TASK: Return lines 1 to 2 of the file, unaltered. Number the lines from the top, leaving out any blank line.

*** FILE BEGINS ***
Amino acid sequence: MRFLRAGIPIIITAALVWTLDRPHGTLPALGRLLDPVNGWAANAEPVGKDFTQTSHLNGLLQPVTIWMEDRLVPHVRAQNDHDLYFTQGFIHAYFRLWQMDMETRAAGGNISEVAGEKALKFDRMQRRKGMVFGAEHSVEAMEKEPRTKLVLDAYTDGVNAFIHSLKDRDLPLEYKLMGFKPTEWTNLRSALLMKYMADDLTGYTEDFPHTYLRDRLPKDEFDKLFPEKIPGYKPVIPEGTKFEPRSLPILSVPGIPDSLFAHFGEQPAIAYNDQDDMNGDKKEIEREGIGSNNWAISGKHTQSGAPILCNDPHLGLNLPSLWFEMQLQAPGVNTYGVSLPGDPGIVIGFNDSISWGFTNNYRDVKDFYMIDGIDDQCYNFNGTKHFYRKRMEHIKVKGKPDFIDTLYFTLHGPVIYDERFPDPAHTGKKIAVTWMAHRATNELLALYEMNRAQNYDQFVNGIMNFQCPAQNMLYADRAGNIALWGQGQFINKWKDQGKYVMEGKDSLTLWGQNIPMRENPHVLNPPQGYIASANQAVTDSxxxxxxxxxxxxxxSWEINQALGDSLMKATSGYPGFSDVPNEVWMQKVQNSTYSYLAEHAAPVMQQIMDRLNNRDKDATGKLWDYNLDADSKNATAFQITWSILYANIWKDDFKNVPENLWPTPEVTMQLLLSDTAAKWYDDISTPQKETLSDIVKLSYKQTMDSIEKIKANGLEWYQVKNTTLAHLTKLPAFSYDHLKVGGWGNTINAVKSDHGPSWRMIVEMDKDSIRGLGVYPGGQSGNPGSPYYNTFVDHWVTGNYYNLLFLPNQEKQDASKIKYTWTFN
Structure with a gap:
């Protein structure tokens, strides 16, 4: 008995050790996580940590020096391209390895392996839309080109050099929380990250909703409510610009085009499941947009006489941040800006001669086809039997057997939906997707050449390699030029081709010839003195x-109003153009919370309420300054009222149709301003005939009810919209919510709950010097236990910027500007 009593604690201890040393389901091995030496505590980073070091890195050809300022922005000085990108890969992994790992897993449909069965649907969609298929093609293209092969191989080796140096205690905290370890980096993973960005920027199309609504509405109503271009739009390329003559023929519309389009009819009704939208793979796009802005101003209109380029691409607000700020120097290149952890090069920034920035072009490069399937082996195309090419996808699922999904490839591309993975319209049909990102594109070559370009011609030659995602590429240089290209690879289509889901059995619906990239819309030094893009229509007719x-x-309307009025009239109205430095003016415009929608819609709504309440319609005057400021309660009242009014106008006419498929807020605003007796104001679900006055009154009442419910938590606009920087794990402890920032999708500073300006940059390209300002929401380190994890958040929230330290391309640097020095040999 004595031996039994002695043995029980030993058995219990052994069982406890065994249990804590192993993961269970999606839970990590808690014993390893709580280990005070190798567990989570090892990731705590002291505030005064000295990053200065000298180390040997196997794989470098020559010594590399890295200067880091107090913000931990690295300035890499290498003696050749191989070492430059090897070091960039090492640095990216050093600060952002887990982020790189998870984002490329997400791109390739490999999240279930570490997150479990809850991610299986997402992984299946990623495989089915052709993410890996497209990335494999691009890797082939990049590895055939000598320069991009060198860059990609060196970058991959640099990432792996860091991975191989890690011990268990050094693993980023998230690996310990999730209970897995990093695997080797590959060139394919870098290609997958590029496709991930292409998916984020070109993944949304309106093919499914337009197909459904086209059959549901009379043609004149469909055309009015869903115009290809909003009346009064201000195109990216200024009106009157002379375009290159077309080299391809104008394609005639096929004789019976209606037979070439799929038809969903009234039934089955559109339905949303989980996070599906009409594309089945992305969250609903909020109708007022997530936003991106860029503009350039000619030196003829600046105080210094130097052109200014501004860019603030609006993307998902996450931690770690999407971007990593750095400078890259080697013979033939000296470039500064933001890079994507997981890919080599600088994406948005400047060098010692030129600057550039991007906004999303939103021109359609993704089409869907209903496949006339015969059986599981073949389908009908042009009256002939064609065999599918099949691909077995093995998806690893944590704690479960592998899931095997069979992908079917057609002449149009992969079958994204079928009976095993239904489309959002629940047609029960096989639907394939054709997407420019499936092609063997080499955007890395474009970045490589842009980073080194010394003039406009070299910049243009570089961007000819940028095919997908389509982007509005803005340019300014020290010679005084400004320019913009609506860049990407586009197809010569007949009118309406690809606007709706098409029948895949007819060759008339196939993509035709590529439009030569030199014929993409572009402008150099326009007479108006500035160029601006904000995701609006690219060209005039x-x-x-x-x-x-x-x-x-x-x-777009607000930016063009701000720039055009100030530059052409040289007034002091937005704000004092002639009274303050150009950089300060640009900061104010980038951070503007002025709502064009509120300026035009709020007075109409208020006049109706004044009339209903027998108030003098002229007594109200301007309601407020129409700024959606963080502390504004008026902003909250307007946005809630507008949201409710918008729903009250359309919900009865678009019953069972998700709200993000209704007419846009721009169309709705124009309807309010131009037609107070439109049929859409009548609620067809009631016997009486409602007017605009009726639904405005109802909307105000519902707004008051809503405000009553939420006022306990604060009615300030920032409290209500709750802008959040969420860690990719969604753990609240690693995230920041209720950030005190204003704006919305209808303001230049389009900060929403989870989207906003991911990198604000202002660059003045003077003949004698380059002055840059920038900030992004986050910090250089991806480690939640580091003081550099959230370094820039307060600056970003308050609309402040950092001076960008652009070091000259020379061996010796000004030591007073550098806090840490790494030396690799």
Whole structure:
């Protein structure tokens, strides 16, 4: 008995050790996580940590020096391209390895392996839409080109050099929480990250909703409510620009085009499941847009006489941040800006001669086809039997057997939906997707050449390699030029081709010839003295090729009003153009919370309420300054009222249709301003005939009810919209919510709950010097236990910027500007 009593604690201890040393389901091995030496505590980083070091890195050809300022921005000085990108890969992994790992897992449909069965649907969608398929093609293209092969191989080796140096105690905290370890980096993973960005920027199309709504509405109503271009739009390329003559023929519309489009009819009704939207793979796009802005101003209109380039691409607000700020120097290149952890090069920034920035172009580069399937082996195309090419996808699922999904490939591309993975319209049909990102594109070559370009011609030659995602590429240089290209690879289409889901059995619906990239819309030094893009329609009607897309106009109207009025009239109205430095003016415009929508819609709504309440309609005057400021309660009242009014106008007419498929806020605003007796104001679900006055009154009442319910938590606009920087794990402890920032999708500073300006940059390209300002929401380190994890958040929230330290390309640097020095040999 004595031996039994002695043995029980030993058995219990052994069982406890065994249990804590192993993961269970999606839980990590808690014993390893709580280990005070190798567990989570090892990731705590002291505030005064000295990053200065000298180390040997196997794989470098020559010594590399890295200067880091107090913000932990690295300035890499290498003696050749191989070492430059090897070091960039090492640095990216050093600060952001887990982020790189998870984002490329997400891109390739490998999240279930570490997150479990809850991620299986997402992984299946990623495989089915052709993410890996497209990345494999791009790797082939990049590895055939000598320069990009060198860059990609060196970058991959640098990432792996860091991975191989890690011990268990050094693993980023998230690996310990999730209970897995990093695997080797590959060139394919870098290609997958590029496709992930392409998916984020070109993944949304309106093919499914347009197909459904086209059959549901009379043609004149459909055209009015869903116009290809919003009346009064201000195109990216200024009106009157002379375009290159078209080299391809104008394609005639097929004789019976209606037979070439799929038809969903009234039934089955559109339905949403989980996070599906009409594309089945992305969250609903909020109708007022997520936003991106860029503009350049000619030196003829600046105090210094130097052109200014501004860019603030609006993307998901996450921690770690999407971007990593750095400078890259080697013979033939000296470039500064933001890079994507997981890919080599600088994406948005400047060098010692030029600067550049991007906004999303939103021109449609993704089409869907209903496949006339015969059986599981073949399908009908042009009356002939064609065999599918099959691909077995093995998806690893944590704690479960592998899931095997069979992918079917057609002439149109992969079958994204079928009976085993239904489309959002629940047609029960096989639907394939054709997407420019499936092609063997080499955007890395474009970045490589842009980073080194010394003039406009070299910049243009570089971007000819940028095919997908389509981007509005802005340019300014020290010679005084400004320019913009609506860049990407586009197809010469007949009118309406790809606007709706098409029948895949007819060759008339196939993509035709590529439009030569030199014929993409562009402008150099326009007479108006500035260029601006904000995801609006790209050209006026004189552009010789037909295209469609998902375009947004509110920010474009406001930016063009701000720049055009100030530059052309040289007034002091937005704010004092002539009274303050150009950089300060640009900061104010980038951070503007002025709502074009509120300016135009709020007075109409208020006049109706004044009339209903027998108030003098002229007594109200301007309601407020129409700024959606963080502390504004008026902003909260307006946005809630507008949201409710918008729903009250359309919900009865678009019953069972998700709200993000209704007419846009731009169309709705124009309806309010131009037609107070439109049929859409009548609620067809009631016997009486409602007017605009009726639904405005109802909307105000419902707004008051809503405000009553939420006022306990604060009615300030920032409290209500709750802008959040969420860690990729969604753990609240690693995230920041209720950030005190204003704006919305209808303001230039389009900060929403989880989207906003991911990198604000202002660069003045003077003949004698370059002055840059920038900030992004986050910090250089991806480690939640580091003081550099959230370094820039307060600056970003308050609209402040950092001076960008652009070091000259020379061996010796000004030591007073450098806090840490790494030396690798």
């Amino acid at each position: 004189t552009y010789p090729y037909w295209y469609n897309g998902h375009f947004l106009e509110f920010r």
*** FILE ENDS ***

Amino acid sequence: MRFLRAGIPIIITAALVWTLDRPHGTLPALGRLLDPVNGWAANAEPVGKDFTQTSHLNGLLQPVTIWMEDRLVPHVRAQNDHDLYFTQGFIHAYFRLWQMDMETRAAGGNISEVAGEKALKFDRMQRRKGMVFGAEHSVEAMEKEPRTKLVLDAYTDGVNAFIHSLKDRDLPLEYKLMGFKPTEWTNLRSALLMKYMADDLTGYTEDFPHTYLRDRLPKDEFDKLFPEKIPGYKPVIPEGTKFEPRSLPILSVPGIPDSLFAHFGEQPAIAYNDQDDMNGDKKEIEREGIGSNNWAISGKHTQSGAPILCNDPHLGLNLPSLWFEMQLQAPGVNTYGVSLPGDPGIVIGFNDSISWGFTNNYRDVKDFYMIDGIDDQCYNFNGTKHFYRKRMEHIKVKGKPDFIDTLYFTLHGPVIYDERFPDPAHTGKKIAVTWMAHRATNELLALYEMNRAQNYDQFVNGIMNFQCPAQNMLYADRAGNIALWGQGQFINKWKDQGKYVMEGKDSLTLWGQNIPMRENPHVLNPPQGYIASANQAVTDSxxxxxxxxxxxxxxSWEINQALGDSLMKATSGYPGFSDVPNEVWMQKVQNSTYSYLAEHAAPVMQQIMDRLNNRDKDATGKLWDYNLDADSKNATAFQITWSILYANIWKDDFKNVPENLWPTPEVTMQLLLSDTAAKWYDDISTPQKETLSDIVKLSYKQTMDSIEKIKANGLEWYQVKNTTLAHLTKLPAFSYDHLKVGGWGNTINAVKSDHGPSWRMIVEMDKDSIRGLGVYPGGQSGNPGSPYYNTFVDHWVTGNYYNLLFLPNQEKQDASKIKYTWTFN
Structure with a gap: